Medical School - Preclinical

Managing Stress Levels While Studying for USMLE Step 1

Studying for USMLE Step 1 is stressful. It feels like the most important test of your life. But it doesn’t have to be as painful as you think it may be. Remember that every doctor that you know has taken the exam and has survived it; most likely you will too. If you want your studying experience to be as painless and fruitful as possible, adhere to the following guiding principles.

Avoid Burnout

Studying for step 1 is very much like running a marathon – you have to pace yourself. As you study, most likely, you will constantly feel like you are behind. The temptation will be to try to study more than you can handle in order to “catch up”. This will make you feel like you have to sacrifice things like working out, relaxing, watching TV shows, eating healthy, etc. When this temptation comes, you must run from it. You need to take care of your emotional and mental health when studying for step 1. If working out is your way of relieving stress, you cannot give it up just for an extra hour of studying. Avoid studying more than 10 hours a day because those 11th and 12th hour are most likely not going to be fruitful. Rather spend time recharging and reminding yourself that your life is bigger than your test.

Don’t Be Afraid to Ask for Help

Many students will study alone for Step 1 and that’s OK. However, the problem with studying alone is that you don’t have anyone to catch your mistakes and help you fix them. One of the best ways to study is to study independently while in the same room as your friends. If you do that, you can ask each other questions or teach each other concepts when you’re having a difficult understanding something. Your friends will also encourage and motivate you when you feel like giving up. Obviously it can be stressful to study with other people because they might make you anxious but many times, the trade-off of having someone else there to help you is greater. Going over NBME practice tests in a group is one of the best times to study as a group because these practice tests do not have explanations of the answer choices and do not even give you the correct answer. If you group study after taking the same NBME, you can help each other with the questions because most likely you will have gotten different questions wrong.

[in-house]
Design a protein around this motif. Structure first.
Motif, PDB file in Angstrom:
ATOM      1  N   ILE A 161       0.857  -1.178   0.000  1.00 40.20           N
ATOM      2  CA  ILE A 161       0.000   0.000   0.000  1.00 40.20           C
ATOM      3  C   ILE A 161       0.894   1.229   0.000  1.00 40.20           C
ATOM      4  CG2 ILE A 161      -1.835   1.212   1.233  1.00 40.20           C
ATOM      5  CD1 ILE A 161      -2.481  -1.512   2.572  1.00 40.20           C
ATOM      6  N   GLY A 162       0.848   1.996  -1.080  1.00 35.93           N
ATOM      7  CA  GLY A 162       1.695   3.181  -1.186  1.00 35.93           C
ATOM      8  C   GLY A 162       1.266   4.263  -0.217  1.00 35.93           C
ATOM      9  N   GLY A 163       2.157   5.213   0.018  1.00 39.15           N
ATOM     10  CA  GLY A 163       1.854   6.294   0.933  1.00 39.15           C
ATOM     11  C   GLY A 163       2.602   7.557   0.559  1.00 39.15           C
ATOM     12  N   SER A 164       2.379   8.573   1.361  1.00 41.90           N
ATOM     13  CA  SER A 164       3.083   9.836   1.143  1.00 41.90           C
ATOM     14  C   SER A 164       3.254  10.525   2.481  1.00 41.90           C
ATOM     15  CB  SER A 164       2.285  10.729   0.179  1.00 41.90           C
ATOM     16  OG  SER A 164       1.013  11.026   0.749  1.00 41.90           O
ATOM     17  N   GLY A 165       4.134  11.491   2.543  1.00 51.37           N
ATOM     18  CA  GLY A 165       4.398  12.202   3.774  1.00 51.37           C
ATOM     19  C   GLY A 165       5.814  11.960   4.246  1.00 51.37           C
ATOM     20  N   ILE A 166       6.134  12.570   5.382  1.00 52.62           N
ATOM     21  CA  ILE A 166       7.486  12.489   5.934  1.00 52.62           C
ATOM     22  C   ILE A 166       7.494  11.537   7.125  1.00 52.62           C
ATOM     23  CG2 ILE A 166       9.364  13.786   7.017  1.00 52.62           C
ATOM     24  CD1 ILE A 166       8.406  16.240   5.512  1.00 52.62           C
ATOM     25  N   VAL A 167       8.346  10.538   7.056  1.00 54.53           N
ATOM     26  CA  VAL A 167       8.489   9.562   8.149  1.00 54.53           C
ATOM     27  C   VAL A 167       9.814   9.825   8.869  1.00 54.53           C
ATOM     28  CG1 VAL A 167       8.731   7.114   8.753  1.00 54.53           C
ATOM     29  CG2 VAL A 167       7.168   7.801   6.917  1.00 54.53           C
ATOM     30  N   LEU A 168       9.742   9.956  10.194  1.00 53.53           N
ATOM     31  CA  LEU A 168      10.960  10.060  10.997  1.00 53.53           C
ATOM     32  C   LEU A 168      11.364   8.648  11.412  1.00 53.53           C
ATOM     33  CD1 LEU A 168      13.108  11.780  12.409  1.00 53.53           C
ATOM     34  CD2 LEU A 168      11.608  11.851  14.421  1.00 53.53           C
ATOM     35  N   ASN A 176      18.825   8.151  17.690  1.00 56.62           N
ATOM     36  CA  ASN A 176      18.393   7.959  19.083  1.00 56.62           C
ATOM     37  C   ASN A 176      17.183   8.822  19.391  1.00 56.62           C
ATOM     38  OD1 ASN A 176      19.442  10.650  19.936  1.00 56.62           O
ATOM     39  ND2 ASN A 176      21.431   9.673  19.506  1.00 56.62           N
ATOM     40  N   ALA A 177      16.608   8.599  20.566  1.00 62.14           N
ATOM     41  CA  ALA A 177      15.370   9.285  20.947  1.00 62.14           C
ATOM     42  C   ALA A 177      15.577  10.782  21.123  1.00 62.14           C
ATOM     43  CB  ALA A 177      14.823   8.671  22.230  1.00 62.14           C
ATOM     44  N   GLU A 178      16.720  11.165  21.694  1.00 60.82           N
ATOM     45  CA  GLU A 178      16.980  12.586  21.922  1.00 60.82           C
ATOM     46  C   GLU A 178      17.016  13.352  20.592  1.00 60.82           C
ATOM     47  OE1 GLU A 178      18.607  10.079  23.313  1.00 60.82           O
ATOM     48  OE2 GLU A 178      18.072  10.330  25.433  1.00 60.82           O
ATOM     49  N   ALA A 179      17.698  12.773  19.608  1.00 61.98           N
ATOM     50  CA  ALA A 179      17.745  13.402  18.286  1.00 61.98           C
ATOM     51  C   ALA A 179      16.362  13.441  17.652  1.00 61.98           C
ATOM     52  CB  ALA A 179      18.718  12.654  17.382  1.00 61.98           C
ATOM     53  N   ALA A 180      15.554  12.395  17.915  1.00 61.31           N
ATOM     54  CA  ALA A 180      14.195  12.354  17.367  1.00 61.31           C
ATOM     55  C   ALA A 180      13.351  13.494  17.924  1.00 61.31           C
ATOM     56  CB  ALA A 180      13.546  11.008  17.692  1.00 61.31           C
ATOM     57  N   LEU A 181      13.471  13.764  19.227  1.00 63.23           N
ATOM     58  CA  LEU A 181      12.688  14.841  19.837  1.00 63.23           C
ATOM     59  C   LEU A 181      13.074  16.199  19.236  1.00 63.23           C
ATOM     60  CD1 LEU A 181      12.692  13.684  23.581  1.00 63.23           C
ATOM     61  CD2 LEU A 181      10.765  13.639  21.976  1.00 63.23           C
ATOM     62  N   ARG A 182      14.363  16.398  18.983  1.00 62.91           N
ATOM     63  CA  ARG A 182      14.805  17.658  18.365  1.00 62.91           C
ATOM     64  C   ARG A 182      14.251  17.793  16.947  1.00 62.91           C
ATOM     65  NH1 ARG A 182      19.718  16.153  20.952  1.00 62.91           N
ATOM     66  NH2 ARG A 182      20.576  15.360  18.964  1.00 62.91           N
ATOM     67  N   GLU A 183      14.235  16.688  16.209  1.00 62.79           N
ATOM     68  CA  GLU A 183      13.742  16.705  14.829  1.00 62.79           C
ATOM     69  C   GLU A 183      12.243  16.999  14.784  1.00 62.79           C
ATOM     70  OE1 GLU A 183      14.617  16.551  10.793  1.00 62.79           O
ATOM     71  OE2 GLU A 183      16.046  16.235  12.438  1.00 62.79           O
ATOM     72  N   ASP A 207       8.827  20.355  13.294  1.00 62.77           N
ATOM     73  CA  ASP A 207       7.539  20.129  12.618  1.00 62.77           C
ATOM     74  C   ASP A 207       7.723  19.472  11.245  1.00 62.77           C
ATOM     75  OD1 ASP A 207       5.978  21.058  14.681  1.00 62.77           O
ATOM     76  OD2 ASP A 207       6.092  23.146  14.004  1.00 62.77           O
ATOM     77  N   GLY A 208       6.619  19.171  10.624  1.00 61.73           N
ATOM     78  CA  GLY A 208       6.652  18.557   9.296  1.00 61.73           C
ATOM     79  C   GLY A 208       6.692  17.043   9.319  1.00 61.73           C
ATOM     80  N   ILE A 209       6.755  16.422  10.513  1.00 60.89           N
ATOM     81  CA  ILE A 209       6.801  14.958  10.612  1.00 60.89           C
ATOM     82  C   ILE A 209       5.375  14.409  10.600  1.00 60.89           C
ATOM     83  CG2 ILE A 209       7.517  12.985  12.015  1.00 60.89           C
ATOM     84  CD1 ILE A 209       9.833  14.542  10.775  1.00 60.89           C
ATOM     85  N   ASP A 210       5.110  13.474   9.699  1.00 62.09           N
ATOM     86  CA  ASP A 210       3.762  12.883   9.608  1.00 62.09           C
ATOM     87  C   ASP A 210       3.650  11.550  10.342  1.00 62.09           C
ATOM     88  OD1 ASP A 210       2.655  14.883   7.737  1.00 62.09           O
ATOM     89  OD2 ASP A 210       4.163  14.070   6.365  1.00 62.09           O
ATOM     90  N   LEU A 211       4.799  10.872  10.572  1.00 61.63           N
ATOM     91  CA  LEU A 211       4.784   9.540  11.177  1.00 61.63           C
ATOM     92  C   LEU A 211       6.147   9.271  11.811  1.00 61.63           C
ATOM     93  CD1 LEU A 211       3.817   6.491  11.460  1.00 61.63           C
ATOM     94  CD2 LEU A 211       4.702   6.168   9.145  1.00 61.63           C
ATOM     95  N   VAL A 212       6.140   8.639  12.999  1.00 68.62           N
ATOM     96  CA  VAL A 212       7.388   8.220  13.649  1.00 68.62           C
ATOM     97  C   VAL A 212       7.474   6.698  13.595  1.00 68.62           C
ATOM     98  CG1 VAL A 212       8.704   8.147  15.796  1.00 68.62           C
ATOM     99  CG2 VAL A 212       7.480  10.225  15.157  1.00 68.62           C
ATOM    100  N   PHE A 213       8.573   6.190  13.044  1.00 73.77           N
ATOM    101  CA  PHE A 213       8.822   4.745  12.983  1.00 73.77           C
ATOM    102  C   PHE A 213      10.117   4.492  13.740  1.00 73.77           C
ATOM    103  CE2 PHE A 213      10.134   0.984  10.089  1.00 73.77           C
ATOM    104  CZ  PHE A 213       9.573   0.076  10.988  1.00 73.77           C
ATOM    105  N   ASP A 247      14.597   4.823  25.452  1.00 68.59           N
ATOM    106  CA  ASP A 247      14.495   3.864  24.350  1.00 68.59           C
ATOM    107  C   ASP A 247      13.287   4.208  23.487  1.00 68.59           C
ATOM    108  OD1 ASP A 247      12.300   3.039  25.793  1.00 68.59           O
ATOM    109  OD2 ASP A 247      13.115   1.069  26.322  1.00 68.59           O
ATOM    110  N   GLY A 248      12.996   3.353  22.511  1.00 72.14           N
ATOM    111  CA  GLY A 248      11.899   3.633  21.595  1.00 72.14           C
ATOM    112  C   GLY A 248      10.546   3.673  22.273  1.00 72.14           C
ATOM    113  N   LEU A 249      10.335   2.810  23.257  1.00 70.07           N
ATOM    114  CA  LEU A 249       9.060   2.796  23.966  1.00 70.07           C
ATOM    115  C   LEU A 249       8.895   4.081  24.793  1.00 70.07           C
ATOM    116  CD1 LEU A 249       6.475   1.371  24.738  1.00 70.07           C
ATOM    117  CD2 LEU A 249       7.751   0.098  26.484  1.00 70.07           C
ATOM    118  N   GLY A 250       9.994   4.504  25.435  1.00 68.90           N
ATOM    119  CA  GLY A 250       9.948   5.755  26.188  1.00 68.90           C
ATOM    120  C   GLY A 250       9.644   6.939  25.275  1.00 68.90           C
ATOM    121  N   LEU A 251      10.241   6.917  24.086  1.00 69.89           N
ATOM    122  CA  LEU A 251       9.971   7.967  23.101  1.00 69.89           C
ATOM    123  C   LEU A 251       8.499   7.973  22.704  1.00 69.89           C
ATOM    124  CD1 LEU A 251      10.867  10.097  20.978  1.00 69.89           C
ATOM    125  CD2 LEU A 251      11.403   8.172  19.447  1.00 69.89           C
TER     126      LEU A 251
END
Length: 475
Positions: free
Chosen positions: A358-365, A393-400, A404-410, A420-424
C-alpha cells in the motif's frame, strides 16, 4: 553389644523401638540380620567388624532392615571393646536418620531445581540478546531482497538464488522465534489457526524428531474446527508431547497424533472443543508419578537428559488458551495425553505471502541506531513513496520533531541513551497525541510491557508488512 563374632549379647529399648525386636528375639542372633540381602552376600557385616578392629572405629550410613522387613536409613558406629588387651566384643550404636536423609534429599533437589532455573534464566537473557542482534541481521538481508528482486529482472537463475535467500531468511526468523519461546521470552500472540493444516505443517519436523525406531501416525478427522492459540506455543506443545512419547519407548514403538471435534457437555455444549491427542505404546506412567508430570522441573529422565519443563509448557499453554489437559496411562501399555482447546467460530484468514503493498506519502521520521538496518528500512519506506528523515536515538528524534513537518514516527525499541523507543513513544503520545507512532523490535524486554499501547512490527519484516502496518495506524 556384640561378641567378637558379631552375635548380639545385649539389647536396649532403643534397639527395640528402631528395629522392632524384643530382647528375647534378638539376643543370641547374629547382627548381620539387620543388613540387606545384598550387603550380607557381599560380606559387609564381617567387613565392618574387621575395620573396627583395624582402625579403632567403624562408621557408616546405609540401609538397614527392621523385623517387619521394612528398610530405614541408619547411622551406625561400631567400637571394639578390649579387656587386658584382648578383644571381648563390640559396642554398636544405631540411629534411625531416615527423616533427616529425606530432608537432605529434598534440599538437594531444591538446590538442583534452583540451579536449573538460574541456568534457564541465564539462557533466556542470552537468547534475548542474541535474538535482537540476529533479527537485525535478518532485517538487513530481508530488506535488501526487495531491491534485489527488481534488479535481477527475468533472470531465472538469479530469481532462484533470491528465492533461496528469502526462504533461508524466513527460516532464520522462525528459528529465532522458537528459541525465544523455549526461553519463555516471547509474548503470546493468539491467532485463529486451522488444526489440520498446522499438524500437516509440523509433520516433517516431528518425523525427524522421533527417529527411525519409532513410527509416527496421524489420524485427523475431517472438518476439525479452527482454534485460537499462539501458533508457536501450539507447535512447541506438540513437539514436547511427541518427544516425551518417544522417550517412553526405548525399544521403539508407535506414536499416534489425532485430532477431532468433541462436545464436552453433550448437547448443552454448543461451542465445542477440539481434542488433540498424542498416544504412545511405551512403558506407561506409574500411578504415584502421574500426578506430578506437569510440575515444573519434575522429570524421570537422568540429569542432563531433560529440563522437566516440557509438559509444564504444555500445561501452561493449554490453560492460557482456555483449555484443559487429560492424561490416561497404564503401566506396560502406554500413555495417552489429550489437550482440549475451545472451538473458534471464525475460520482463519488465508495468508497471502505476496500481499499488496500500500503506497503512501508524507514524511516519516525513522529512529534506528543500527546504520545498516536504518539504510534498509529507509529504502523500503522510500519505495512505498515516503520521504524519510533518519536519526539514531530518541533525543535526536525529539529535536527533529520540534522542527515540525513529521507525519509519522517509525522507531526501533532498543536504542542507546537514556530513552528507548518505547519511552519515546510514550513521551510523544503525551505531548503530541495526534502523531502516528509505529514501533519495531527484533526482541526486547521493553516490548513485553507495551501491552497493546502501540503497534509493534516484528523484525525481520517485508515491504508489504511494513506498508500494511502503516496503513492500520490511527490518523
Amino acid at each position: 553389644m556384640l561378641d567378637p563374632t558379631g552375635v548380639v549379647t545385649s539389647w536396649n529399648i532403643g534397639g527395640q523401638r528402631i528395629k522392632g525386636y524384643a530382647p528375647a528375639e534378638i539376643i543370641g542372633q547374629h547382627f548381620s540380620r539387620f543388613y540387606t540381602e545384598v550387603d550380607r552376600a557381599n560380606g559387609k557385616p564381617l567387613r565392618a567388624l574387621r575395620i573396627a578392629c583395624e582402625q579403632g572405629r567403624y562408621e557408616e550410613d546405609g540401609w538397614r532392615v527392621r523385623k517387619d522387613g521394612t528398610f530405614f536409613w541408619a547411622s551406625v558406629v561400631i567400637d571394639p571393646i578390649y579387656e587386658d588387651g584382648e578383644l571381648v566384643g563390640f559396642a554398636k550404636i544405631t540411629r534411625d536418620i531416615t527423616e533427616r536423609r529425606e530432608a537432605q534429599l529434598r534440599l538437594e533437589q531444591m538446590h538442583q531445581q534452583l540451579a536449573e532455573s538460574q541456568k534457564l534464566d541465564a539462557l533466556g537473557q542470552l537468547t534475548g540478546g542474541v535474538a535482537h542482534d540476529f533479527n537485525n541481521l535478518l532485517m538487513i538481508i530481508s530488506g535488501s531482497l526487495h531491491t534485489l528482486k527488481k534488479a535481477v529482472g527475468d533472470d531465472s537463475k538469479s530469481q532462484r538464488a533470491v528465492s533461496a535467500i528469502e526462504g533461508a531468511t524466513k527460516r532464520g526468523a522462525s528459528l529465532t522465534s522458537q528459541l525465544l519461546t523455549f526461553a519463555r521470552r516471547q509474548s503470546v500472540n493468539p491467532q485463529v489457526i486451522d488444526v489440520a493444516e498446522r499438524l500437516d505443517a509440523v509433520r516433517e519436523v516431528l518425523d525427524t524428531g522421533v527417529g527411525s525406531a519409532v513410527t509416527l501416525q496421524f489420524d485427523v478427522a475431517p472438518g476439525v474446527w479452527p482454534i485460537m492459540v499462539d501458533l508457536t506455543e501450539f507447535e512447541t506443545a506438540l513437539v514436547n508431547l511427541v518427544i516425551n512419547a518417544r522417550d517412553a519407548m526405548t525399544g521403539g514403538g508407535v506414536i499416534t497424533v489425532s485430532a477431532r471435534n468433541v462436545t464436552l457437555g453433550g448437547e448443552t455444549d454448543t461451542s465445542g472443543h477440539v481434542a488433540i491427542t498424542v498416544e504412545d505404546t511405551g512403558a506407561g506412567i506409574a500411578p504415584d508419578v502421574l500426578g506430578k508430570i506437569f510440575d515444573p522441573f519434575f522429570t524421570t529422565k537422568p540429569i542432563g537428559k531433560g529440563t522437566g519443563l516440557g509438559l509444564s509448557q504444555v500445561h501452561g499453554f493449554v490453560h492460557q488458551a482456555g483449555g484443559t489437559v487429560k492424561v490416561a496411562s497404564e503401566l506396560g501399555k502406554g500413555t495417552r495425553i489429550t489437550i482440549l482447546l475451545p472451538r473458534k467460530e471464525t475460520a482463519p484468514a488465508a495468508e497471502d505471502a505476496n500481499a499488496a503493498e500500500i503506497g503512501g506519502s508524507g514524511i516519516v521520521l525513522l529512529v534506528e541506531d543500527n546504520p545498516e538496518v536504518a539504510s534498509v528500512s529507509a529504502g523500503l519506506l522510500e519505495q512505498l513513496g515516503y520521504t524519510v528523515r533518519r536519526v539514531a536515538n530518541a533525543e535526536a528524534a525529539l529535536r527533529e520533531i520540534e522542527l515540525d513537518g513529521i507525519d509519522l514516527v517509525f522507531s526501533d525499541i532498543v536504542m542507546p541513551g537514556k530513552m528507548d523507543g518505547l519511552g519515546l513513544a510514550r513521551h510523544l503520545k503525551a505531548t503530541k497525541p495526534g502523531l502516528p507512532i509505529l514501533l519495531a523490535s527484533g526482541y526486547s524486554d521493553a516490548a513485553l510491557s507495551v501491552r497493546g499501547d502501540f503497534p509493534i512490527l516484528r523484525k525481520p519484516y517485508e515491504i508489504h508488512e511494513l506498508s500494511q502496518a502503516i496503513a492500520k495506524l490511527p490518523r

Absorb Information in Multiple Ways

There are so many different resources for step 1 studying. One of the greatest dangers is to use too many resources because that will make you go crazy. Don’t worry if someone else is using Firecracker and you’re not. Don’t worry if someone else is using Doctors in Training and you’re not. There are tried and true study material such as Pathoma, First Aid, USMLE World, and Sketchy Micro. If you’re using those, you will probably be fine. With that being said, you must use different resources to absorb information in multiple ways. Videos help with auditory and visual learning. Practice questions are good for learning from your mistakes. First Aid is a great reference to turn to. You will remember concepts best if you cover the same topic over and over again in multiple ways.

Never Forget What You Learned

This sounds crazy because you will absolutely forget things that you’ve learned. However, one of the best ways to never forget what you learned is by making flash cards for practice questions that you got wrong. Flash card apps like Anki are designed to help you see the same flash card again and again until you have memorized it. If you got a question wrong because you did not understand a certain concept, make a flashcard or a set of flashcards that will help you remember and understand this concept in the future. Sometimes the best way to use a flash card is to screen shot a table from First Aid, paste it onto a flashcard, blot out of the text, and memorize. After a few days or weeks, you will see those specific flashcards in your deck, reinforcing what you learned. The purpose of flash card apps like Anki is to help you see the same material over and over again until you finally remember it semi-permanently.

USMLE Step 1 is a tough test but it is manageable. Use these principles to minimize stress and do the best you possibly can.

What USMLE Score Do I Need on Step 1 To Be Competitive?

Use the USMLE Step 1 Score Estimator below to help you determine what score you need to match into the residency of your choice.


Edward Chang

Edward Chang is the Co-founder and Director of Operations of He graduated from the David Geffen School of Medicine at UCLA and is currently a urology resident at the University of Washington. He also attended UCLA as an undergraduate, graduating with a major in Molecular, Cell, and Developmental Biology. If you are interested in contributing to, please contact him at [email protected]. Follow him on Twitter @EdwardChangMD and Prospective Doctor @ProspectiveDr.

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